When your home suffers water damage, you need to take action as quickly as possible. Of course, you need to make sure that the water is removed and that you get everything dried out. But, the cleanup process should actually begin before you start removing the water. The first thing you need to do is decide whether you'll tackle the cleanup as a do-it-yourself project, or if you need to hire a contractor to take care of everything for you. If there isn't much of a mess, you should be able to take care of the cleanup on your own. But, you'll need to look at the bigger picture before you decide. Here are three issues to consider when deciding on how to proceed with the cleanup.
Volume of Water
If you had a pipe break in your home, but you've got the flow under control, chances are good that you can handle the cleanup on your own. But, if you're dealing with a major flood, such as one which comes from a natural disaster, don't try to take care of the cleanup by yourself. You're going to need professional equipment to remove large volumes of water.
If you have a multi-story home, don't start the cleanup until you isolate the location. This is especially important when the flooding involves the upper levels of your home. You might not realize this but the water could seep through the floors and into the ceiling area below. If that has happened, you'll need professional assistance with the cleanup. If the water has seeped through the upper floors, you could be facing structural damage, which can't be repaired as a do-it-yourself project. Before you're left to deal with water-related floor to ceiling collapse, hire an emergency water damage restoration contractor.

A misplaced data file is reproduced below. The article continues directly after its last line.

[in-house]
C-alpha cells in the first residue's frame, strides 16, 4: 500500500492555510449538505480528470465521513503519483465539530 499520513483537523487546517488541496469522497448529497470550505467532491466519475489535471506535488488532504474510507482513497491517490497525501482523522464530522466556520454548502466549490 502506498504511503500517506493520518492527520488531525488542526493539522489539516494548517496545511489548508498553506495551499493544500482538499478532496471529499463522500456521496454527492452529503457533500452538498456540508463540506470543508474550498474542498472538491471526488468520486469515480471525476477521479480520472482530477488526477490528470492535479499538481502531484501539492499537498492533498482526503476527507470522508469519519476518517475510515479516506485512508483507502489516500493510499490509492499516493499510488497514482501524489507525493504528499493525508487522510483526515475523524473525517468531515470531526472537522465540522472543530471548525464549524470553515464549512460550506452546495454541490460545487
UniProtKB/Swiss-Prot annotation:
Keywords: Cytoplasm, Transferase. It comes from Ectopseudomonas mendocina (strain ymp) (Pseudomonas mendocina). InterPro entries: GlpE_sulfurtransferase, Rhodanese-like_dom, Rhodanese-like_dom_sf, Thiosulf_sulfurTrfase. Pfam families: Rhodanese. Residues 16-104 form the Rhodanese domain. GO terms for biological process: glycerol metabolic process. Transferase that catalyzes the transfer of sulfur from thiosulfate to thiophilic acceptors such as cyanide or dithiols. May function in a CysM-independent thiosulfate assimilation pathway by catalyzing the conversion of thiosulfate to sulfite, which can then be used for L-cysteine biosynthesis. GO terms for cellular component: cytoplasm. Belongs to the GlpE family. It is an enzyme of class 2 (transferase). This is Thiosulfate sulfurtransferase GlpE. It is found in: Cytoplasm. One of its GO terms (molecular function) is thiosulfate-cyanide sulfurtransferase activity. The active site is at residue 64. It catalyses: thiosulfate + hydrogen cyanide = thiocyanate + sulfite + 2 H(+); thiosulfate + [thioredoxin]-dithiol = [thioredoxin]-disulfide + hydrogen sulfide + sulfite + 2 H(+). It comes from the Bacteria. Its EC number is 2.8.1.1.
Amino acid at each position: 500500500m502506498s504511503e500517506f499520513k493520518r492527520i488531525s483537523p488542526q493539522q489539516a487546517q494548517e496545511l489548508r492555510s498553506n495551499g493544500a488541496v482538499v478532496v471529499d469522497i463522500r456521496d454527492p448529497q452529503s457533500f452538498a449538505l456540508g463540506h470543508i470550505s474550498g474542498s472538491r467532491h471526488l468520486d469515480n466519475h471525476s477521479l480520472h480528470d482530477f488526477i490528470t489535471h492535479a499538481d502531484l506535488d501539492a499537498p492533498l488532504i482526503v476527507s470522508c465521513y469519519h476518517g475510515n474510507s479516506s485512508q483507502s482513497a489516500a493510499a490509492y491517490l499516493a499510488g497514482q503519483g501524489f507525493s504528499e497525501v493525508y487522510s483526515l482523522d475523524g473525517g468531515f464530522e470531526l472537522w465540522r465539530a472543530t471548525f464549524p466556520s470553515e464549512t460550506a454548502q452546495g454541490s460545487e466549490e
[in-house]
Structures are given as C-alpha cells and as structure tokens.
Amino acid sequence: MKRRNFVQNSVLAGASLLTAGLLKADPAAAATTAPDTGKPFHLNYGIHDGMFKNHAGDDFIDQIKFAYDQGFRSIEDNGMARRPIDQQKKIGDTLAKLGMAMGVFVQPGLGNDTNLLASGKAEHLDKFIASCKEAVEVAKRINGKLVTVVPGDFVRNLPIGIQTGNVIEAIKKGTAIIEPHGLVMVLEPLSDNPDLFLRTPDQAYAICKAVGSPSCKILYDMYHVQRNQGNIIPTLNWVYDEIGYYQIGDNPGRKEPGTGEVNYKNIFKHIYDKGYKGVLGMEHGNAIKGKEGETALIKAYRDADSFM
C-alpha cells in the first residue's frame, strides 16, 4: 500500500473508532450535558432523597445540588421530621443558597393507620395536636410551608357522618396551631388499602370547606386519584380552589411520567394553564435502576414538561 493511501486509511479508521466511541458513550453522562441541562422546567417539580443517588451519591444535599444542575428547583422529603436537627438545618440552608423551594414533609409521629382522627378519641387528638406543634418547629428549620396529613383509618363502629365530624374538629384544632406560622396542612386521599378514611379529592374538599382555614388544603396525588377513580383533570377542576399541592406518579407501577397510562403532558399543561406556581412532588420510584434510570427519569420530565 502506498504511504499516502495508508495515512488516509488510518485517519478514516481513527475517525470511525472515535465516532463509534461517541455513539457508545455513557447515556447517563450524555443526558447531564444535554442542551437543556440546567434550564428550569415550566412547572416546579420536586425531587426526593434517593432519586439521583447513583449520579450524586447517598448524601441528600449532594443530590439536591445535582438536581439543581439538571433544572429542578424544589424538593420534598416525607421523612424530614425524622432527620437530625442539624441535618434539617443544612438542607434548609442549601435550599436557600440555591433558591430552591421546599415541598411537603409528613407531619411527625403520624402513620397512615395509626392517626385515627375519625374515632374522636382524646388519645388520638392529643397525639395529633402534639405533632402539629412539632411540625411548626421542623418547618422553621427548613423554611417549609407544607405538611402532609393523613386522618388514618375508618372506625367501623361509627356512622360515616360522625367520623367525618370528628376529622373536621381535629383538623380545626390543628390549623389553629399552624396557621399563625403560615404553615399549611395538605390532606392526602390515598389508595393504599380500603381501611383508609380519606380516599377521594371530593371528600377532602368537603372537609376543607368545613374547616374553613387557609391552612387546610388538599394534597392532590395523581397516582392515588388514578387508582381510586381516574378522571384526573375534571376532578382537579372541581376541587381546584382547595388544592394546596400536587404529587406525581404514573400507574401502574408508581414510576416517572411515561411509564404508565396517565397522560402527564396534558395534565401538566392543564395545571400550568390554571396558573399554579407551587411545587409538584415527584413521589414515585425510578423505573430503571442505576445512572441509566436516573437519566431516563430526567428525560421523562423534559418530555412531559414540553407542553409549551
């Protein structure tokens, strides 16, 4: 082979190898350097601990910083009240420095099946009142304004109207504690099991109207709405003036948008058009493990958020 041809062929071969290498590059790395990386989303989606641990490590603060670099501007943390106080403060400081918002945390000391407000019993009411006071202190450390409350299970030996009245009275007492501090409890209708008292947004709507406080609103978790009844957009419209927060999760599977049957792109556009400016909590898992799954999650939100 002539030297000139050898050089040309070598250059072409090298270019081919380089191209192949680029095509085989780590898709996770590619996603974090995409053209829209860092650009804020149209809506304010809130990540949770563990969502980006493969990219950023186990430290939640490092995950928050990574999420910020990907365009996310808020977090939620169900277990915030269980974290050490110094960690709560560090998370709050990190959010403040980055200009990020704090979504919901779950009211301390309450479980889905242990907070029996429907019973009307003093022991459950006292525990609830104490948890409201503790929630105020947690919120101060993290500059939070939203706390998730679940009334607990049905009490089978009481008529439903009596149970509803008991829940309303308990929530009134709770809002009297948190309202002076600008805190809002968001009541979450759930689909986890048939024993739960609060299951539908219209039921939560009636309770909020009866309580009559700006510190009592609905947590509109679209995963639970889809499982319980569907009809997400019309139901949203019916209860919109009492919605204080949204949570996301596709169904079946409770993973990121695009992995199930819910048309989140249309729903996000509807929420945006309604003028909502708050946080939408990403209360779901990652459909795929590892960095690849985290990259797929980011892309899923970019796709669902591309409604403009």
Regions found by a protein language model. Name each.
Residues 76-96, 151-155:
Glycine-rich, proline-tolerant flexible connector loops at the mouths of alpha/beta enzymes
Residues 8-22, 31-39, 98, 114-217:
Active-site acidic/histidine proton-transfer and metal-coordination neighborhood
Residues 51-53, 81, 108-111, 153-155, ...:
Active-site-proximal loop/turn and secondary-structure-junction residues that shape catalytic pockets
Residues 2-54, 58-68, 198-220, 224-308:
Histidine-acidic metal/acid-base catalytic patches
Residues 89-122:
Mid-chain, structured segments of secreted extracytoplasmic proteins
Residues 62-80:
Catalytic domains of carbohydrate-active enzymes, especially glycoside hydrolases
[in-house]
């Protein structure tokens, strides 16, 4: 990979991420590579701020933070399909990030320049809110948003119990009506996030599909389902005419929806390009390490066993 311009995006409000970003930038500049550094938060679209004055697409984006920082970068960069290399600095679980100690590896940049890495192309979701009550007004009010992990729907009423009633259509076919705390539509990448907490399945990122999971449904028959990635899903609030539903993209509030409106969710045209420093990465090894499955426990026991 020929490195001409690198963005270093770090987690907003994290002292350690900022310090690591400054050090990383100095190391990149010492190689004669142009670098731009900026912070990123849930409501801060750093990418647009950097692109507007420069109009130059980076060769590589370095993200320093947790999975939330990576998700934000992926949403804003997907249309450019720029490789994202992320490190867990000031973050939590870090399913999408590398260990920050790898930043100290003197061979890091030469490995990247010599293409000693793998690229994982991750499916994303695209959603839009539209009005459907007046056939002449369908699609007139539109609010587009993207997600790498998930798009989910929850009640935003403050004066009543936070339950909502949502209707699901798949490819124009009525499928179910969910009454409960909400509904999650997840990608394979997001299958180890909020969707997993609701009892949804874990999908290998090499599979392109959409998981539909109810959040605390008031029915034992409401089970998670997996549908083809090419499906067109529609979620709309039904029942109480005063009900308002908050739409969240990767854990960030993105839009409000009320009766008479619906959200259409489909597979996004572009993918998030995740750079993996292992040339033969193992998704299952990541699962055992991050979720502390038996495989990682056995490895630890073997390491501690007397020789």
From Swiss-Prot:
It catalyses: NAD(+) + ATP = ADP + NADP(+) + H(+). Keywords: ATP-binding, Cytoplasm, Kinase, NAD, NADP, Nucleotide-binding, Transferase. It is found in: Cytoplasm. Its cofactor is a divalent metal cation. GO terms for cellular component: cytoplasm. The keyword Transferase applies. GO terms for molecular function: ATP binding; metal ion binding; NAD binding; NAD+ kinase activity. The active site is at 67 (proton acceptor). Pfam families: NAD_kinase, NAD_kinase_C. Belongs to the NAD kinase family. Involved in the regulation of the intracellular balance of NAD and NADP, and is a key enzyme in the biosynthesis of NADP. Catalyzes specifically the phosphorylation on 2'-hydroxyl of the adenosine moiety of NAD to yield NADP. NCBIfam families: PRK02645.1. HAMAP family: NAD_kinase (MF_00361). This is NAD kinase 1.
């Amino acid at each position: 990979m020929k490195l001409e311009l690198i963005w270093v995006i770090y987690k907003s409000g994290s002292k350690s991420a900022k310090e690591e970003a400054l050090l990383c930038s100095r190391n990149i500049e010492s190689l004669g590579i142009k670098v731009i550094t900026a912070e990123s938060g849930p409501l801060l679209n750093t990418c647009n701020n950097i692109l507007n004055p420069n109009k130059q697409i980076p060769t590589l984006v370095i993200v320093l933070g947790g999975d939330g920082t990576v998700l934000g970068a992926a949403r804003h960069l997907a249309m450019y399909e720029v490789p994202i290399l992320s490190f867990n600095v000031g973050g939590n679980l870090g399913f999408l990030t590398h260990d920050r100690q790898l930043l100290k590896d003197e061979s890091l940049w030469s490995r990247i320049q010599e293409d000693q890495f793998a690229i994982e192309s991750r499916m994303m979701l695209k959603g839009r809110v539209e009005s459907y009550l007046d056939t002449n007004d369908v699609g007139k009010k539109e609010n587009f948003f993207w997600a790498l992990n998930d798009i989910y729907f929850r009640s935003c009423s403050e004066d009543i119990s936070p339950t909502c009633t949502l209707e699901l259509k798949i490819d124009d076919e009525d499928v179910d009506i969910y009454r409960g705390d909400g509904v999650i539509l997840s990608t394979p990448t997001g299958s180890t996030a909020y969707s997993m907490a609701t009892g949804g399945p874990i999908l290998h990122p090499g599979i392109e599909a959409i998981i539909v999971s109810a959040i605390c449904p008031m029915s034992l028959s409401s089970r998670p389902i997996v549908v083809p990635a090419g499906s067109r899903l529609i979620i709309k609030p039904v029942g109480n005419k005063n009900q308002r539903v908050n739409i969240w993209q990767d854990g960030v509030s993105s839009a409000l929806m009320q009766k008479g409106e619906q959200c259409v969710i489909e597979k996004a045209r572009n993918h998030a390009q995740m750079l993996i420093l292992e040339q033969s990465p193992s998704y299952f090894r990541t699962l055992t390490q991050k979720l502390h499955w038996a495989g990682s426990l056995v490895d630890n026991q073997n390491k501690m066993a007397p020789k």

Type of Water
If your home is flooded, don't begin the cleanup until you've considered the type of water you're dealing with. If you're dealing with a clean water supply, such as a broken pipe, you shouldn't need to worry about contamination. But, if you're dealing with gray water or black water flooding, wait for the professionals. Gray water comes from sources such as washing machines and dishwashers. Black water comes from either sewer water or lakes and rivers. These sources contain contamination that can make you sick. If your home is flooded by gray or black water, hire a water damage restoration contractor.Share